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Neuropharmacology. 1983 Mar;22(3 Spec No):433-40.

In search of the mode of action of antidepressants. 5-HTP/tyrosine mixtures in depressions.


For a long time antidepressants have been considered to act via enhancement of central monoaminergic activity (due to reuptake or MAO inhibition). An alternative hypothesis holds that their action is based on down-regulation of monoaminergic activity (due to decrease in density or sensitivity of certain receptor populations). In this paper the likelihood of both hypotheses is discussed and the conclusion reached that the first one is the most plausible. The following arguments are discussed: (1) the 5-HT precursor 5-HTP, which is transformed to 5-HT in the brain, has antidepressant properties; (2) there are indications that the same holds true for tyrosine, a catecholamine precursor transformed in the brain to DA and NA; and (3) evidence was found that the effects of 5-HTP in depression are potentiated by tyrosine. Since activation rather than suppression of monoaminergic activity seems to be linked to antidepressant activity, it seems likely that the signs of decreased monoamine metabolism that have been demonstrated in certain types of depression are the expression of a primary metabolic deficit rather than a phenomenon secondary to receptor hypersensitivity. Further clinical studies of 5-HT/CA precursor combinations in depression are justified.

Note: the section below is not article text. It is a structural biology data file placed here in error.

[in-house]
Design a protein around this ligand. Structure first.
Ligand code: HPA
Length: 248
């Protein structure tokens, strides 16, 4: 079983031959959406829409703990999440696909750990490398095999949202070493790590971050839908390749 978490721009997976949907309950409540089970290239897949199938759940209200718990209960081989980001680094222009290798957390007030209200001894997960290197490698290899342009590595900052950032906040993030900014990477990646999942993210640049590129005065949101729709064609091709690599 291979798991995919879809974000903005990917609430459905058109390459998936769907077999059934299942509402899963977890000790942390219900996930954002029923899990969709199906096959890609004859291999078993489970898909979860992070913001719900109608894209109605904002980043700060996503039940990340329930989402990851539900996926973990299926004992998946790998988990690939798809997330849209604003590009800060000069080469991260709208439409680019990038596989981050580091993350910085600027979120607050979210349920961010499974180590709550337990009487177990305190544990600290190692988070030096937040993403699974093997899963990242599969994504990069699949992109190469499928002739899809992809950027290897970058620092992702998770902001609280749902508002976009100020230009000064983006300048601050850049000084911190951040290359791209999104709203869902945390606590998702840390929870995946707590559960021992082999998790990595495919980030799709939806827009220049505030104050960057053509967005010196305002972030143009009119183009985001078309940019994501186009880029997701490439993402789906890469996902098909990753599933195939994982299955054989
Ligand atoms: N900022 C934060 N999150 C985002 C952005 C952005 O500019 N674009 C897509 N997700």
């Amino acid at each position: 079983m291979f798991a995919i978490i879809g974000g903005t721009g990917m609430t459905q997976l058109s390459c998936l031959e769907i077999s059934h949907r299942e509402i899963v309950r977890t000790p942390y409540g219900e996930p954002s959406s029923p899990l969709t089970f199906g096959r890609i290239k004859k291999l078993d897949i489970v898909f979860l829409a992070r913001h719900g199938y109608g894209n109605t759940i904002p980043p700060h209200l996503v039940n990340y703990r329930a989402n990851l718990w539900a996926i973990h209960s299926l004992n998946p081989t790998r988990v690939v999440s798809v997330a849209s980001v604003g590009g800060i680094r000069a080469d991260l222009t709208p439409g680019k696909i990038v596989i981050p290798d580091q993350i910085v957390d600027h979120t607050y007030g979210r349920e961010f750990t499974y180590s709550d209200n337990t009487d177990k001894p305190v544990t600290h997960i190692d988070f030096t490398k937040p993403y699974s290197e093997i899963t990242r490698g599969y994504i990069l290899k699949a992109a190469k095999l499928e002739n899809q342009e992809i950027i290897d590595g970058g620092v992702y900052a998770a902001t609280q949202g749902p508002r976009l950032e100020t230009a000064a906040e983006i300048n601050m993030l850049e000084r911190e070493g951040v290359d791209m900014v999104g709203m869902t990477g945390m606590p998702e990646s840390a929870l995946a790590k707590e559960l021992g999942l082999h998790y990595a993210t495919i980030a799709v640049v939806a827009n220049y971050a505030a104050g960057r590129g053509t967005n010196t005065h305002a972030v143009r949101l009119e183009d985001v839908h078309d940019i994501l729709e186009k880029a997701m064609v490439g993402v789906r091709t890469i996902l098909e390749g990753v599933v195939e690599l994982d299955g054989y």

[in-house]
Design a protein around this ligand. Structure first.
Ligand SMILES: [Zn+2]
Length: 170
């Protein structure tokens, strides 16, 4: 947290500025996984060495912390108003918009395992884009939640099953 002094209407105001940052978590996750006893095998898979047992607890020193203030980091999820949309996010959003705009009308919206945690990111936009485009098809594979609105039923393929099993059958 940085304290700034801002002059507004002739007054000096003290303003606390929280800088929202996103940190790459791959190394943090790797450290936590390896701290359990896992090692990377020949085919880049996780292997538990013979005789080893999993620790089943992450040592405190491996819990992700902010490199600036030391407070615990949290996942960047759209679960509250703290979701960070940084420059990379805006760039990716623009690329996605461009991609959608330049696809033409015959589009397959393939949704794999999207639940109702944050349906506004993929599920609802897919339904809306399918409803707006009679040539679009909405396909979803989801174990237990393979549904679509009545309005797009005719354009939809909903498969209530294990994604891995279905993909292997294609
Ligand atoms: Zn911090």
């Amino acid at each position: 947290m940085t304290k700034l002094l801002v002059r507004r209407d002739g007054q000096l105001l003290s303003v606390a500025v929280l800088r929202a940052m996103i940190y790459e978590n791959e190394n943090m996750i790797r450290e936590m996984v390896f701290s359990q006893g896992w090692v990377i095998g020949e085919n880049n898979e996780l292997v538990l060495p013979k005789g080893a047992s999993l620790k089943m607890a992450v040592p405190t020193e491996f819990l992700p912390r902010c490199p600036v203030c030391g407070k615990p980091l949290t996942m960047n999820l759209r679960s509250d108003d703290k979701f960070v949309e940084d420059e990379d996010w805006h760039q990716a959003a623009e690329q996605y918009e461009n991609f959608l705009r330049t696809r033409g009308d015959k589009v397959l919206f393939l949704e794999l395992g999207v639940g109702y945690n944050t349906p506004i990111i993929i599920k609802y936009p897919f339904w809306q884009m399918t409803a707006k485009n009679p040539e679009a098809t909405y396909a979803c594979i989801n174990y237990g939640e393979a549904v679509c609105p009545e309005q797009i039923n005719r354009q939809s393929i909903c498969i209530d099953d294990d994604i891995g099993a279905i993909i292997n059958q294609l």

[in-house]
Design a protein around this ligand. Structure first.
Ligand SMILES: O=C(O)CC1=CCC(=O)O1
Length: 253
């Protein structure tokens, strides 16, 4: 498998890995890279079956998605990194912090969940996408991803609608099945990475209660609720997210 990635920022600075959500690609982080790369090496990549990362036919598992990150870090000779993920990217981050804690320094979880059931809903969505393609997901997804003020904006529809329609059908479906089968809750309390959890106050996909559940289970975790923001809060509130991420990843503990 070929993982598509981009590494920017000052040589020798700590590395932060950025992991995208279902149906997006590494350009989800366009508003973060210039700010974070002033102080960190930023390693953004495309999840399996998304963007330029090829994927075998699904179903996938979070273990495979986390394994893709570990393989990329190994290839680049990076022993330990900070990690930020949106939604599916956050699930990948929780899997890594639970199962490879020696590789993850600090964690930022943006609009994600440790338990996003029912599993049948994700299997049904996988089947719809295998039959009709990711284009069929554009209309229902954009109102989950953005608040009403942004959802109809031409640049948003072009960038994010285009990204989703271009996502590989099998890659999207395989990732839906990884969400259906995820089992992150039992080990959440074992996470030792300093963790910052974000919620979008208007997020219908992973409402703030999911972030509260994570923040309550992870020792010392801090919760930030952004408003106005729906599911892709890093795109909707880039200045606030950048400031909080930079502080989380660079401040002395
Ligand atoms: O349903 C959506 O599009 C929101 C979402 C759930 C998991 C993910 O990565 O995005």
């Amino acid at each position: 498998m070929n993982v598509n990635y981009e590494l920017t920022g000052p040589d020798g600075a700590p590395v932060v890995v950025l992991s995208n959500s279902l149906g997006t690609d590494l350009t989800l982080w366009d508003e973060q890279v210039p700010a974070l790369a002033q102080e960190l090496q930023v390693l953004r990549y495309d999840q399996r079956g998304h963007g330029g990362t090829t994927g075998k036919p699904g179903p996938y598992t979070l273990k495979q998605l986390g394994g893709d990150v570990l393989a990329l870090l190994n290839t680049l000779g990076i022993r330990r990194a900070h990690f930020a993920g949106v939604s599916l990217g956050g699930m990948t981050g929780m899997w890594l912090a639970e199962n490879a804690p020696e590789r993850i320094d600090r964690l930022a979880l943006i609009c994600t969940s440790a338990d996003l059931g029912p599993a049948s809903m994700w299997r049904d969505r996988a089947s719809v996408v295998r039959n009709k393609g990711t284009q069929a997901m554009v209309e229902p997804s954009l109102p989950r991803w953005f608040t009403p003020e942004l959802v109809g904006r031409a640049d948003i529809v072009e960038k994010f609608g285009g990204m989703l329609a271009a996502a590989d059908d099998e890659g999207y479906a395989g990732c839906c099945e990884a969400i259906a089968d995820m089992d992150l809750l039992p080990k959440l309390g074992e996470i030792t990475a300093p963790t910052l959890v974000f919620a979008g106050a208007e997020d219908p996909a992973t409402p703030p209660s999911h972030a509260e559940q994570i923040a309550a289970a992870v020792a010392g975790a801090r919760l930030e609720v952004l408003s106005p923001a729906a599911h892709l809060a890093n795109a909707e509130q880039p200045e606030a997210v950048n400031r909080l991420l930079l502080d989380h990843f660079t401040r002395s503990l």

[Indexed for MEDLINE]

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